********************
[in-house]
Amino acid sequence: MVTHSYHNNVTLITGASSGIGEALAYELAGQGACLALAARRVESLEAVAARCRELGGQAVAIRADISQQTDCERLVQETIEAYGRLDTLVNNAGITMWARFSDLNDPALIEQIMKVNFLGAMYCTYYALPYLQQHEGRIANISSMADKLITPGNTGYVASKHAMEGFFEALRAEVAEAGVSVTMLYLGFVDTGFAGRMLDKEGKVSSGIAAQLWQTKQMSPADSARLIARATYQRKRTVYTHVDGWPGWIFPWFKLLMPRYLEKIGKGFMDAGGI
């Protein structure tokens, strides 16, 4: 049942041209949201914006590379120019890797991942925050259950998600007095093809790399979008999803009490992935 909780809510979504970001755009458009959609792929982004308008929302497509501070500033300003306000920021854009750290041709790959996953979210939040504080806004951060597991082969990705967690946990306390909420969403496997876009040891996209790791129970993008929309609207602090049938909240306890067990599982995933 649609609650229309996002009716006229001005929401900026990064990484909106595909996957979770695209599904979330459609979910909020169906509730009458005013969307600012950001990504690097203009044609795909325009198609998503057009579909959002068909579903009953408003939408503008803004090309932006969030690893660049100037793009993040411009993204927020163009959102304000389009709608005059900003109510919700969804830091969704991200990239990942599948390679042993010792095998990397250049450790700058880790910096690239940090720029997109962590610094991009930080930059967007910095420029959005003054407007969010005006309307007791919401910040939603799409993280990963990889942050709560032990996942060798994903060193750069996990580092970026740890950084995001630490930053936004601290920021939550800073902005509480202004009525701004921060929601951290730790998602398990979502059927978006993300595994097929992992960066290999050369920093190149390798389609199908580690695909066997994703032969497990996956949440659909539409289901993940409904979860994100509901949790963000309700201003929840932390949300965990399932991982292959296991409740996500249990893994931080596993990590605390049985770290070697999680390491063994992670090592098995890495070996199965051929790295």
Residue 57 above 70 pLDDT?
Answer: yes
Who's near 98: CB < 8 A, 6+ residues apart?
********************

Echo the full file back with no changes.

[in-house]
Amino acid sequence: MVTHSYHNNVTLITGASSGIGEALAYELAGQGACLALAARRVESLEAVAARCRELGGQAVAIRADISQQTDCERLVQETIEAYGRLDTLVNNAGITMWARFSDLNDPALIEQIMKVNFLGAMYCTYYALPYLQQHEGRIANISSMADKLITPGNTGYVASKHAMEGFFEALRAEVAEAGVSVTMLYLGFVDTGFAGRMLDKEGKVSSGIAAQLWQTKQMSPADSARLIARATYQRKRTVYTHVDGWPGWIFPWFKLLMPRYLEKIGKGFMDAGGI
């Protein structure tokens, strides 16, 4: 049942041209949201914006590379120019890797991942925050259950998600007095093809790399979008999803009490992935 909780809510979504970001755009458009959609792929982004308008929302497509501070500033300003306000920021854009750290041709790959996953979210939040504080806004951060597991082969990705967690946990306390909420969403496997876009040891996209790791129970993008929309609207602090049938909240306890067990599982995933 649609609650229309996002009716006229001005929401900026990064990484909106595909996957979770695209599904979330459609979910909020169906509730009458005013969307600012950001990504690097203009044609795909325009198609998503057009579909959002068909579903009953408003939408503008803004090309932006969030690893660049100037793009993040411009993204927020163009959102304000389009709608005059900003109510919700969804830091969704991200990239990942599948390679042993010792095998990397250049450790700058880790910096690239940090720029997109962590610094991009930080930059967007910095420029959005003054407007969010005006309307007791919401910040939603799409993280990963990889942050709560032990996942060798994903060193750069996990580092970026740890950084995001630490930053936004601290920021939550800073902005509480202004009525701004921060929601951290730790998602398990979502059927978006993300595994097929992992960066290999050369920093190149390798389609199908580690695909066997994703032969497990996956949440659909539409289901993940409904979860994100509901949790963000309700201003929840932390949300965990399932991982292959296991409740996500249990893994931080596993990590605390049985770290070697999680390491063994992670090592098995890495070996199965051929790295």
Residue 57 above 70 pLDDT?
Answer: yes
Who's near 98: CB < 8 A, 6+ residues apart?